Everyone has a favorite holiday and even though Christmas ranks No. 1, I definitely look forward to April Fool’s Day. Although I’m usually the one who ends up being the fool, it’s always a good time.

Every year I prank at least one family member, with the goal of pranking them all, which is hard to do unless it falls near Easter. Several years ago, the weather was nice and everyone was out hunting Easter eggs when I screamed at the grandkids to watch out for the pile of dog droppings in the grass. Of course everyone turned around to see who may have stepped in it, which gave me the audience to pull my prank. I had constructed a pile of droppings out of unbaked brownie mix and picked it up, barehanded, and watched the adults cringe with disgust. Then I held the droppings so close it was touching my nose and mouth and the grandchildren started backing up. Now that’s what I call an April Fool’s delight.

One year I convinced my daughter, who is a veterinarian, to send out a family email to watch for rabid raccoons as they had been spotted all over the city. We let everyone sweat it out for a couple of hours until we told them. Apparently all the pets and kids were made to stay inside until we told them the coast was clear.

I’ve spent many April Fool’s Days making phone calls to prank them with tales of mishaps – from turning over the tractor to running a pitchfork through my foot. In all fairness to my family, these accidents are all very possible as I’m prone to getting hurt, especially when working outside. I know it’s not a motherly thing to do, scaring them like this for a few minutes, but I was the mom who’d jump out of the closet for a good scare at bedtime, so they should be used to it by now.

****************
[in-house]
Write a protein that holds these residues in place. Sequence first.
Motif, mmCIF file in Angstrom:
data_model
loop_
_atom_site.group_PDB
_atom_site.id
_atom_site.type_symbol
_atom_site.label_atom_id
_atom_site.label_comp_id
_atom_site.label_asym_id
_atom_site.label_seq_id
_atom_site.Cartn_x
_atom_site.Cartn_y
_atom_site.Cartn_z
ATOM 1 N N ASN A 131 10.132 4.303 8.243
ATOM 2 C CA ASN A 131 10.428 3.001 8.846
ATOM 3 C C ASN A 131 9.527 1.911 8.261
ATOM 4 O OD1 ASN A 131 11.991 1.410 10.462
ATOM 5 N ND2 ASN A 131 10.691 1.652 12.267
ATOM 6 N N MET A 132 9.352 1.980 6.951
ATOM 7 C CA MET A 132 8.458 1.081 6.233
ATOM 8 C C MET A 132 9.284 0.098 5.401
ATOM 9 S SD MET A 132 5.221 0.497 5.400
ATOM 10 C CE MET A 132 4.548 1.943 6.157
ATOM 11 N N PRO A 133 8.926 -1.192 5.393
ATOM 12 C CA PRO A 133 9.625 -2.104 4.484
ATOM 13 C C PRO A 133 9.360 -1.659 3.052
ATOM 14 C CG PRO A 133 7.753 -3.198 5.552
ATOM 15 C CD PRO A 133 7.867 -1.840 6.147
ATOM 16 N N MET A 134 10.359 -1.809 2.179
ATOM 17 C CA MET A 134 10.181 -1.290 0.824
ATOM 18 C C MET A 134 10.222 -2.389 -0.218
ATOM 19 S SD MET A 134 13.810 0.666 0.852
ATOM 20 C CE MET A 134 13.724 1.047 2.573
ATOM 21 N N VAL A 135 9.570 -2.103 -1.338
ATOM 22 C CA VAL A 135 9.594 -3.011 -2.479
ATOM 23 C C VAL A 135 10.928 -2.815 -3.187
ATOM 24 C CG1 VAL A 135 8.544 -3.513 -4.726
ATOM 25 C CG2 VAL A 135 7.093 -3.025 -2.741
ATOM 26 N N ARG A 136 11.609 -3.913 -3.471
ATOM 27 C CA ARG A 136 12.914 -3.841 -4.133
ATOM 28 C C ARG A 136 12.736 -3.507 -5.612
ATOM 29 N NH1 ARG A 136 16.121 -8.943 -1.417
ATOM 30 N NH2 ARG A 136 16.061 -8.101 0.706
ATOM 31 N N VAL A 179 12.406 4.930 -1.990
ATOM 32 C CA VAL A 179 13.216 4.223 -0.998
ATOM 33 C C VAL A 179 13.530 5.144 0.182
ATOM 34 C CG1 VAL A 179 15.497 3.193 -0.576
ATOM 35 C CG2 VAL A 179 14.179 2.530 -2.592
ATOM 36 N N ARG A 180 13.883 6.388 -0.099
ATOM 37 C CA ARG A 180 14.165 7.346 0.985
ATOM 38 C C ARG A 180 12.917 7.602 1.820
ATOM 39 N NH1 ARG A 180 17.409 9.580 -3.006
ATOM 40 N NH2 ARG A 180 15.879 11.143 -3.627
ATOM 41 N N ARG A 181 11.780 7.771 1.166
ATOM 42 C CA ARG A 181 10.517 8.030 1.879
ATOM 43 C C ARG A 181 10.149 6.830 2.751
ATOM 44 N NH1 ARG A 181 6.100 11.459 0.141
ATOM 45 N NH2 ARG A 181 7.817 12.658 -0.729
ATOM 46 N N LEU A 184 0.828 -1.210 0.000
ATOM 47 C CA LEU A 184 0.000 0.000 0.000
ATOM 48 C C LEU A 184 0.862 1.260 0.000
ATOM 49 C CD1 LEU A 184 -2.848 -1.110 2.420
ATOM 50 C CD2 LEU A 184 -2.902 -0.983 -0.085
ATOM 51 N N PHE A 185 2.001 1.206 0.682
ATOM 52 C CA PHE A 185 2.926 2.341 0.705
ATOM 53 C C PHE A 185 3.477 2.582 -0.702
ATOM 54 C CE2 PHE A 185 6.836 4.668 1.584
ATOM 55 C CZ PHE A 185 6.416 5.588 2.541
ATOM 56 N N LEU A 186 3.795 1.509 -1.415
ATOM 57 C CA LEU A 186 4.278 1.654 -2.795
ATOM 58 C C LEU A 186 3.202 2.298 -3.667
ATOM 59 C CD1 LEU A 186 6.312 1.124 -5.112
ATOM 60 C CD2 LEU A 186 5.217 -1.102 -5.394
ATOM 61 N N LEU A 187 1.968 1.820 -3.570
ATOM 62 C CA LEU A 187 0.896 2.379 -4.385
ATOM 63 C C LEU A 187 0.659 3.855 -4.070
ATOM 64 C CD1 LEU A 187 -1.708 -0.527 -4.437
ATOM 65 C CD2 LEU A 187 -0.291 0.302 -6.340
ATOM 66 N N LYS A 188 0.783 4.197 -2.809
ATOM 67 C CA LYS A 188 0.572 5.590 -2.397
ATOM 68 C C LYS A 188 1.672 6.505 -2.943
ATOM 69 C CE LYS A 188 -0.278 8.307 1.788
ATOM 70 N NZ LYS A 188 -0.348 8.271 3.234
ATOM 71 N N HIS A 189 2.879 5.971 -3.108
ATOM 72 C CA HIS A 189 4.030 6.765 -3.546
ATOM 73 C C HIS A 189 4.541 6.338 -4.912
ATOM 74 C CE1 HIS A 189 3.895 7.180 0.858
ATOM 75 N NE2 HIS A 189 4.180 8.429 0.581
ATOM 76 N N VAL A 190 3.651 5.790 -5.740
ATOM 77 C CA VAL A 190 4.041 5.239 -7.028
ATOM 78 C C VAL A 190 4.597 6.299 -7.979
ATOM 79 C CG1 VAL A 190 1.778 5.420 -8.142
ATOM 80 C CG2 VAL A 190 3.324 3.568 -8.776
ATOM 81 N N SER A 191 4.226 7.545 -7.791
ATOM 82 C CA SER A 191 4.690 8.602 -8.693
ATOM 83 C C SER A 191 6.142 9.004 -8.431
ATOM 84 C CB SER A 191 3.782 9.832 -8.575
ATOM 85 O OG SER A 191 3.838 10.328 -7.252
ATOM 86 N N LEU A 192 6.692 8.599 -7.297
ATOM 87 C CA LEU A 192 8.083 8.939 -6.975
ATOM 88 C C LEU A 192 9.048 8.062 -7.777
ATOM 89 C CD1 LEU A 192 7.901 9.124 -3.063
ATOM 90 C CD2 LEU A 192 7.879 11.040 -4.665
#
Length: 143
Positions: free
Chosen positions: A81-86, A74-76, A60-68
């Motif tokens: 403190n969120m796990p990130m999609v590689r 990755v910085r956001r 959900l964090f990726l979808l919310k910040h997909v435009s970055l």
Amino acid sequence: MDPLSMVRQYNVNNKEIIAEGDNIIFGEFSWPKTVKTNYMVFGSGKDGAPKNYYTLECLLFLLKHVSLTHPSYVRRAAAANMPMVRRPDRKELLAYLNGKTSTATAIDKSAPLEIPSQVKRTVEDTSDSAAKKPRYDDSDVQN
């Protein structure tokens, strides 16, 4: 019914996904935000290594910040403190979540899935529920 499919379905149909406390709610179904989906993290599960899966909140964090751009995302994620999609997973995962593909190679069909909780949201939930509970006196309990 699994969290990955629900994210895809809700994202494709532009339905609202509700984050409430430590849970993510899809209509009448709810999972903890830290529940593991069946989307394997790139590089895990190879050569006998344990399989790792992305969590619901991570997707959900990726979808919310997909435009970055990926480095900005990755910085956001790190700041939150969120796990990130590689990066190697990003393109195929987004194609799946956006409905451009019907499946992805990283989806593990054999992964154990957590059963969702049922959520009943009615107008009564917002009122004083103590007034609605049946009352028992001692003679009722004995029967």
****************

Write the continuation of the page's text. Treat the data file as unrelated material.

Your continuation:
Since the adults are on to me, and even set reminders on April 1 to not answer my calls or texts, I decided to prank the grandkids.

The 6-year-old grandsons were my target. Not too old to know better and not too young to not understand. Having lunch with one of them at school, I looked into the fast food bag and said, “Oh no buddy, I’m so sorry, they forgot your food.” Panic set in and he started looking through the bag when I said “April Fool’s.” He looked around for teachers and whispered, “We can’t play April Fool’s at school.” Thank goodness I didn’t end up being the fool who was sent to the principal’s office.

While FaceTiming the other 6-year-old about our lunch date the next day, I told him I saw a camel walking through my backyard. He looked at me like I was stupid for thinking he’d fall for that when my daughter, listening in on the conversation, said, “For real? How weird.” 

My April Fool’s Day was complete.

Sandy Turner is a GateHouse Media columnist.